Dieselgate effects: ‘4.750 deaths in Europe per year’
A new study, published in Environmental Research Letters on Monday, states at least 4.750 deaths per year could be avoided in Europe if diesel cars would actually emit no more NOx in real driving conditions, than they do in lab tests for homologation.
The study, done by researchers from Norway, Austria, Sweden and the Netherlands, looked at the ‘dieselgate effect‘ in 28 European countries, plus Norway and Switzerland.
4.000 deaths less if all cars on petrol
It concluded about 10.000 deaths are caused yearly by small particle pollution in the air, of which about half (4.750) due to NOx and NO2 in particular, the most harmful for health. According to the authors of the report, about 4.000 deaths could be avoided if diesel engines emitted as much NOx as petrol cars.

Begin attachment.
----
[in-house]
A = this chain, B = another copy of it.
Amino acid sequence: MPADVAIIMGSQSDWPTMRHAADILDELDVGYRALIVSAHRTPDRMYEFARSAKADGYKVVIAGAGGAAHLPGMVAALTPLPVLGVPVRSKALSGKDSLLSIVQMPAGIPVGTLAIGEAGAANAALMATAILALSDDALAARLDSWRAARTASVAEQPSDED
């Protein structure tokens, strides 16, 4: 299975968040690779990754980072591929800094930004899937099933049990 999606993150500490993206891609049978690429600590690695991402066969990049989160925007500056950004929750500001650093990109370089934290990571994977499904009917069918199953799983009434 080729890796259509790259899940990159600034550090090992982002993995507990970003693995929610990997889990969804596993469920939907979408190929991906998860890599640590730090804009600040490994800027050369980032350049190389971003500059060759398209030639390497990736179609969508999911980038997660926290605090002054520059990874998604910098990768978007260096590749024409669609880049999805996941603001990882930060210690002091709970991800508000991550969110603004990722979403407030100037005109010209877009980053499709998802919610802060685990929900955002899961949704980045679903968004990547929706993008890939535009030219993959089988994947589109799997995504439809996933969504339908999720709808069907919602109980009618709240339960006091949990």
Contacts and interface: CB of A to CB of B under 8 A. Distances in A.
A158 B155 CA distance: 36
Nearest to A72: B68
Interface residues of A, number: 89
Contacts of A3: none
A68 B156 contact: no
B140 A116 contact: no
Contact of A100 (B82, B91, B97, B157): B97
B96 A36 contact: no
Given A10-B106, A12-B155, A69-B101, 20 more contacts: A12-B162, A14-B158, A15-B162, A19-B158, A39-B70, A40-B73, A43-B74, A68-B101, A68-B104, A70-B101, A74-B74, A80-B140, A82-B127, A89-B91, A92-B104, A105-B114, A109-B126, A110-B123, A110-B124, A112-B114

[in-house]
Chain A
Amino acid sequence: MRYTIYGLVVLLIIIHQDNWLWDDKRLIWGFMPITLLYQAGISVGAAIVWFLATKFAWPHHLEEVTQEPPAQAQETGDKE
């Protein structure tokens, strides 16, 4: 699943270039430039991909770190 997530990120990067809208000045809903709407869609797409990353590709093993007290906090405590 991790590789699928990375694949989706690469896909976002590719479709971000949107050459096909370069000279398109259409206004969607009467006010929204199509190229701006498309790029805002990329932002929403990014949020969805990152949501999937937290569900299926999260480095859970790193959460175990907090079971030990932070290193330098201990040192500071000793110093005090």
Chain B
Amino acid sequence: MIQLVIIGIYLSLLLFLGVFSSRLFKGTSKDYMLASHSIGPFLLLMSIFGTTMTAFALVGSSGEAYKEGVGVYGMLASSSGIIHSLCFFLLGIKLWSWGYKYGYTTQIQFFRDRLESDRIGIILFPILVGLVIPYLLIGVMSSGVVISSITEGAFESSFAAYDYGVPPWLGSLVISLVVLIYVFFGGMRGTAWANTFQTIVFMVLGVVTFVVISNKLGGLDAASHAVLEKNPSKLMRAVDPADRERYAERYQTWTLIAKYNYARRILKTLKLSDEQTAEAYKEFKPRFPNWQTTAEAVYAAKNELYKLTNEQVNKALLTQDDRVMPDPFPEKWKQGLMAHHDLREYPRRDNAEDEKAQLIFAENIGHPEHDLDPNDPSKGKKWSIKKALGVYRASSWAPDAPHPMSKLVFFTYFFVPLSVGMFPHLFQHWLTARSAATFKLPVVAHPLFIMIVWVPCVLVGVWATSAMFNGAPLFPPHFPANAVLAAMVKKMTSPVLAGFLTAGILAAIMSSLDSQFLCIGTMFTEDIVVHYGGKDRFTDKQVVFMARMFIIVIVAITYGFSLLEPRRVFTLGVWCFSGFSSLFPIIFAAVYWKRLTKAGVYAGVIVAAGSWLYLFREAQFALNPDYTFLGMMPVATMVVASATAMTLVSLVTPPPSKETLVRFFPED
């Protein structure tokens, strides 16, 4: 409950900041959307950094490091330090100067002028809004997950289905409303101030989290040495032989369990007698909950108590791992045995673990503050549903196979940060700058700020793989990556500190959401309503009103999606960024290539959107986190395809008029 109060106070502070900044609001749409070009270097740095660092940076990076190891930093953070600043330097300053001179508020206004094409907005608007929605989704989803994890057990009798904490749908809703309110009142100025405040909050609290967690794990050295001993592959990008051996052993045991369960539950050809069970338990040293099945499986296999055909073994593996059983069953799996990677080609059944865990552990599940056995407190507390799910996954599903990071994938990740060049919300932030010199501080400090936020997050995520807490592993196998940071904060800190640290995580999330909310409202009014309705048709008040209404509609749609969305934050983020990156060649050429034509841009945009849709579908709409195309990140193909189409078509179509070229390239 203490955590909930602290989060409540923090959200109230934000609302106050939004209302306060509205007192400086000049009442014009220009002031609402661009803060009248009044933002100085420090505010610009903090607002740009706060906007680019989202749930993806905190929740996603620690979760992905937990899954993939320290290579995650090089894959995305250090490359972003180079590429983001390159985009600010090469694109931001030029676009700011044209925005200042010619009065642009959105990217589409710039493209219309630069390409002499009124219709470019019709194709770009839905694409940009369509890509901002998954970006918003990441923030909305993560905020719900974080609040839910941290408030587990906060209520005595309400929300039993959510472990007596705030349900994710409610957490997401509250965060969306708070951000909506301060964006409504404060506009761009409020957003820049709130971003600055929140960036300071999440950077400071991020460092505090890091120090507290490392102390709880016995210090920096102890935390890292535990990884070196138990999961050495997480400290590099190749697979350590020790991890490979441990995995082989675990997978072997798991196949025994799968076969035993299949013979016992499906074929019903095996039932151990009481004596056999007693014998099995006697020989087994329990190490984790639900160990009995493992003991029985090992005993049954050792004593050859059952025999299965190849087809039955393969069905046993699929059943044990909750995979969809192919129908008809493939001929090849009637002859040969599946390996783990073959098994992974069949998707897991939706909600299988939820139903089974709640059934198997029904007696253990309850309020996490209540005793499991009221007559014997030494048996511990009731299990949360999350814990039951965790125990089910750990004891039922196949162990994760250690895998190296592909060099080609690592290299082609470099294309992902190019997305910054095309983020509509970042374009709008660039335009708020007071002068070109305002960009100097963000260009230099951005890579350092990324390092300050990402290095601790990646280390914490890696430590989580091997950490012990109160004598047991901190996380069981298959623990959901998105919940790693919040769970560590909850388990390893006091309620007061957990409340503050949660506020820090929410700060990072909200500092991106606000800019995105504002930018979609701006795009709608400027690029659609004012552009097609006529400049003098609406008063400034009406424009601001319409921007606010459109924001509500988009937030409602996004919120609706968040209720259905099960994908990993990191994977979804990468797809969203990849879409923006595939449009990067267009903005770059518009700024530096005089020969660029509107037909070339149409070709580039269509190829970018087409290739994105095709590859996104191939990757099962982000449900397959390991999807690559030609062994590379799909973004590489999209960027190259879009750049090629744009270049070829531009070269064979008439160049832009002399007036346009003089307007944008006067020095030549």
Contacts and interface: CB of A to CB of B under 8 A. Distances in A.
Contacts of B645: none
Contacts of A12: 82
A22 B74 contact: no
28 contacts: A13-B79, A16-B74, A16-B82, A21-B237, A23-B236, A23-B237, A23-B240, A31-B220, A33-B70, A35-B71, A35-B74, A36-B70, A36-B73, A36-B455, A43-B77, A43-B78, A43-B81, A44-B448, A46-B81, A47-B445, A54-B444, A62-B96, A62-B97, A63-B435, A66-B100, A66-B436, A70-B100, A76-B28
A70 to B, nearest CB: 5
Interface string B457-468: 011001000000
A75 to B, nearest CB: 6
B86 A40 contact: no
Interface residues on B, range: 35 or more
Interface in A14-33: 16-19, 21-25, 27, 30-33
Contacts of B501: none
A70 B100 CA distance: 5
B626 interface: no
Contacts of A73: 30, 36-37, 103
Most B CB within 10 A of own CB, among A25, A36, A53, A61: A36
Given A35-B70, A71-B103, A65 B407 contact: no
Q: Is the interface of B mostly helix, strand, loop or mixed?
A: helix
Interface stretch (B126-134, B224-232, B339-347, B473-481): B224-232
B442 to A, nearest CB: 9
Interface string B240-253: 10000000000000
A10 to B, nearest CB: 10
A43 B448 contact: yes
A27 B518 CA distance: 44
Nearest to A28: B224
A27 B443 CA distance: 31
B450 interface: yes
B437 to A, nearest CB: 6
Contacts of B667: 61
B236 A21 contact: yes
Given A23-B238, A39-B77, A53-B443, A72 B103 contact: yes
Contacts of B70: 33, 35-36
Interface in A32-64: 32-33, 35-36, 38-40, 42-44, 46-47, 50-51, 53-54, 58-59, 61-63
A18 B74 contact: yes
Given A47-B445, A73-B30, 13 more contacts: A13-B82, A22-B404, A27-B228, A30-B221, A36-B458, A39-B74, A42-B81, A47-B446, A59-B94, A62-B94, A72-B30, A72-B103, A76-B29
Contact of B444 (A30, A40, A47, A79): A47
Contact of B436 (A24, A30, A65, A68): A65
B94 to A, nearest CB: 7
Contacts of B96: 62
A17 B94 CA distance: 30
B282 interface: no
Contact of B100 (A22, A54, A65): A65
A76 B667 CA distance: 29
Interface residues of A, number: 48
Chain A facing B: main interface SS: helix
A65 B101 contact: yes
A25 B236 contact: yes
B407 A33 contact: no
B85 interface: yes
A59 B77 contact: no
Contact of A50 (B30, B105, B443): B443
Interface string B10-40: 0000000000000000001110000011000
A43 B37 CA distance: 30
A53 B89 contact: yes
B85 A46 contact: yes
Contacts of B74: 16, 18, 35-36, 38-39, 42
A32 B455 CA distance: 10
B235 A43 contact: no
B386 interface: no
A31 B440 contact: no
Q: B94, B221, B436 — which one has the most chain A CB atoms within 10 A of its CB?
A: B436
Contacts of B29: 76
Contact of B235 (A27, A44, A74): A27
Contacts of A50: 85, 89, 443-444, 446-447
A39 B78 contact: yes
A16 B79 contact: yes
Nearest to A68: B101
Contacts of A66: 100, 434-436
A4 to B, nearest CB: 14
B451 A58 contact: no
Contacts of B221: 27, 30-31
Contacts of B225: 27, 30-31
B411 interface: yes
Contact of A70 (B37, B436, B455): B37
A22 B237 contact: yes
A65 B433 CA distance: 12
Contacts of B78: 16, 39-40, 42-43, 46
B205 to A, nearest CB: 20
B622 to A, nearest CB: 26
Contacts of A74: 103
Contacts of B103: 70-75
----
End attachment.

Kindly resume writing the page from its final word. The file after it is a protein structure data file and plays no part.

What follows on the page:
Countries with most deaths are Italy, Germany and France “because of the huge population and the high percentage of diesel cars”, the study says. In Europe more than 100 million diesel cars are circulating on the roads. Since the nineties the number of diesel cars has increased rapidly to half of the fleet.
38.000 die worldwide
The new study confirms the results of an earlier study, published in May in Nature magazine, saying in 2015 some 38.000 people worldwide and 11.400 in Europe died due to excess NOx emissions, that wouldn’t have been caused if all diesel cars would show the same pollution on the road as they do in lab tests.